When Xi Jinping, general secretary of the Chinese communist party, first initiated the ambitious Belt and Road Initiative at the Association of Southeast Nations summit in 2013, it was with the idea of rebuilding the ancient trade network in a new modern take. According to the World Bank, the Belt and Road project, also referred to as the One Belt One Road Project or just BRI, ‘’is an ambitious effort to improve regional cooperation and connectivity on a trans-international scale’’. Furthermore, the World Bank explains that the large investment effort will involve multiple different trade routes, both on sea and land. Altogether, they aim to strengthen infrastructure, trade and investment links between China and approximately 70 other nations committed to BRI so far.
The population of the countries involved amount to 4.4 billion people. This, in turn, are equivalent to more than 60 percent and almost two thirds of the entire world’s population. Committed countries, coming from Asia, Europe, Africa and Oceania, together constitute one third of the global economy. According to ChinaPower’s article ‘’How Will the Belt and Road Initiative advance China’s Interests?’’, the estimated cost of infrastructure needs in the developing parts of the Asia-Pacific exceeds 25 trillion dollars through year 2030. Already in 2017 China had pledged 1 trillion dollars to the project.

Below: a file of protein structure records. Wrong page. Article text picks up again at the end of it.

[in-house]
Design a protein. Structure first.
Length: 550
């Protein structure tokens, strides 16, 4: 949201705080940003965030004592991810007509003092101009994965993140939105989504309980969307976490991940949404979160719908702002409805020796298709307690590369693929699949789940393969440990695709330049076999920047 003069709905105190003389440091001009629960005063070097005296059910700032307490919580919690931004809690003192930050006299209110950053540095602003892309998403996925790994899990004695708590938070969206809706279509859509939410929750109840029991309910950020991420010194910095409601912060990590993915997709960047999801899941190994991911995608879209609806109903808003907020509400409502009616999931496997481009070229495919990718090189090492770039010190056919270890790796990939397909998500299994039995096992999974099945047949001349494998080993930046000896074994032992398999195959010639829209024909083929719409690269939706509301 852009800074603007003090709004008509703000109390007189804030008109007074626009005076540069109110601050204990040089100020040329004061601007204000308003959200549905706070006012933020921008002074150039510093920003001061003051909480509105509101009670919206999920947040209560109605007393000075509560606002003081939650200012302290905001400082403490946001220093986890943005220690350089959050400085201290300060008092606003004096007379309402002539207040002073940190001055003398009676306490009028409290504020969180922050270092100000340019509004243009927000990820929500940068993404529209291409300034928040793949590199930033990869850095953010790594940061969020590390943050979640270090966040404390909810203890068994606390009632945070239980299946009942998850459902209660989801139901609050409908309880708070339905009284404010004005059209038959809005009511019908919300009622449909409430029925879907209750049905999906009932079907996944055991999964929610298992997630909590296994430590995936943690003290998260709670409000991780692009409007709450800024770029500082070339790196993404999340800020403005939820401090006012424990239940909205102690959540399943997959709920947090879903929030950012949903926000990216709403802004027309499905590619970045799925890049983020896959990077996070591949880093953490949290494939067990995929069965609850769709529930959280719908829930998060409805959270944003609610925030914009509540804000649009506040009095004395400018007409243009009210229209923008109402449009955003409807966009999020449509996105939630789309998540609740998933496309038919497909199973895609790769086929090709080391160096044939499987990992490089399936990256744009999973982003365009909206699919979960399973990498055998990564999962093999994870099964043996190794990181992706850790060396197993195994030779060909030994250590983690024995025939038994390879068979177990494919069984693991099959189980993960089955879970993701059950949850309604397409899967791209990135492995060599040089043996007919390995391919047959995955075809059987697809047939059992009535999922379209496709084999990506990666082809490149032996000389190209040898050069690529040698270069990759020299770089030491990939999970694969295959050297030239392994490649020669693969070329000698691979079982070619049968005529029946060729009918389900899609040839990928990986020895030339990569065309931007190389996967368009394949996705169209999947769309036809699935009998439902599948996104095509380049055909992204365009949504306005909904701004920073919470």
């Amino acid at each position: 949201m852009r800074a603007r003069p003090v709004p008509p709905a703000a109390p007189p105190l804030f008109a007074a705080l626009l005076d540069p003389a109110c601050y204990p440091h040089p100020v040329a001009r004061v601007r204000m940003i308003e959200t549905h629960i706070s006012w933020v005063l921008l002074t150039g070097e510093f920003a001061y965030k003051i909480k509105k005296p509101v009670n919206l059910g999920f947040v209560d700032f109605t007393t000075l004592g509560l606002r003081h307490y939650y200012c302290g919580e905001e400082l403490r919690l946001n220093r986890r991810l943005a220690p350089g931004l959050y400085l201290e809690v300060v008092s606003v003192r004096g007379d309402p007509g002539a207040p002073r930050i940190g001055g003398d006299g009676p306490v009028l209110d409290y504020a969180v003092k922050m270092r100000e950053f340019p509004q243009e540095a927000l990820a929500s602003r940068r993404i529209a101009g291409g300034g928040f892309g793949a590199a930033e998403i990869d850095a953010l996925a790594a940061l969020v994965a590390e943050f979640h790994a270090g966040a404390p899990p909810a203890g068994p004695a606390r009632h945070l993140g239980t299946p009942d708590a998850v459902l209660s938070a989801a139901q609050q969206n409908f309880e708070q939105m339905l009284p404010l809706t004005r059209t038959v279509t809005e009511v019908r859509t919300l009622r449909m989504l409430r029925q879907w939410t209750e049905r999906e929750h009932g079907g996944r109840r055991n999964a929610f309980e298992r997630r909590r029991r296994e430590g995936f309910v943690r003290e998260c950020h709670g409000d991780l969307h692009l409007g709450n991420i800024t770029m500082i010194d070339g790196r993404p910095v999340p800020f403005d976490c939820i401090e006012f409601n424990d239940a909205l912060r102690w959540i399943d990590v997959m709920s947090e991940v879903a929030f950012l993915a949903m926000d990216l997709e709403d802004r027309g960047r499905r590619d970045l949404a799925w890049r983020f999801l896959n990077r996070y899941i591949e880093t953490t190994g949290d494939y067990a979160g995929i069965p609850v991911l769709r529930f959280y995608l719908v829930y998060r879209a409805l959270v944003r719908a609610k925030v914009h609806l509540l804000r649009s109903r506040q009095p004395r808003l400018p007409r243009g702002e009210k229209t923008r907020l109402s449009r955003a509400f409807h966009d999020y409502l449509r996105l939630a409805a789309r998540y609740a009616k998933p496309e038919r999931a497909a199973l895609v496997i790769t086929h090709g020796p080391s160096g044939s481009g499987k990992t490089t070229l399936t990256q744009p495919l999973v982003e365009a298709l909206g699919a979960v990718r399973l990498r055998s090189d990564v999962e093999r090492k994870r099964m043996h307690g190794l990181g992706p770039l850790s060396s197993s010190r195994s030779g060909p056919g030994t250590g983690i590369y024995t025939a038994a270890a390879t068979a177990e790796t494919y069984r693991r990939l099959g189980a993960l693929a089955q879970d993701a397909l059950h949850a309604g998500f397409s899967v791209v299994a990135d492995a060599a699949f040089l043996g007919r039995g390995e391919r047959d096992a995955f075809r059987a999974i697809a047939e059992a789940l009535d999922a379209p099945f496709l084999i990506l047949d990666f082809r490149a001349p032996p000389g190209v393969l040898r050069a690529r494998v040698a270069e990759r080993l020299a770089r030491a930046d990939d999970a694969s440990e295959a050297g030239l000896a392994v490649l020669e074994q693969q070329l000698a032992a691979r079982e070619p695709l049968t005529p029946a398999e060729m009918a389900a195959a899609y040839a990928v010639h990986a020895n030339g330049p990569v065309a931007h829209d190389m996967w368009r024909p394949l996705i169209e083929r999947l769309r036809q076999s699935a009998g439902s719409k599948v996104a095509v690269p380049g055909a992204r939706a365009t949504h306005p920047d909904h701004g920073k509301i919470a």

Given the size of this broad and highly prestigious investment, it is not difficult to understand that opinions of both the positive and negative kind have occurred following its beginning. Proponents of the BRI argue that not only China will benefit from the deal, but also many of the less developed participating nations. During the past four decades China’s growing economy has enabled more than 800 million people to improve their standards of living, going from extreme poverty to a more stable economic situation. With the BRI China’s economy is expected to grow further. Also, BRI allows China to move up in the global value chain and gives the nation geostrategic advantages. On a bigger scale, BRI possesses the potential to help poor countries improve their infrastructure and enhance connectivity to the rest of the world. Thereby, they get a chance to increase commerce and enrich their relations to other nations.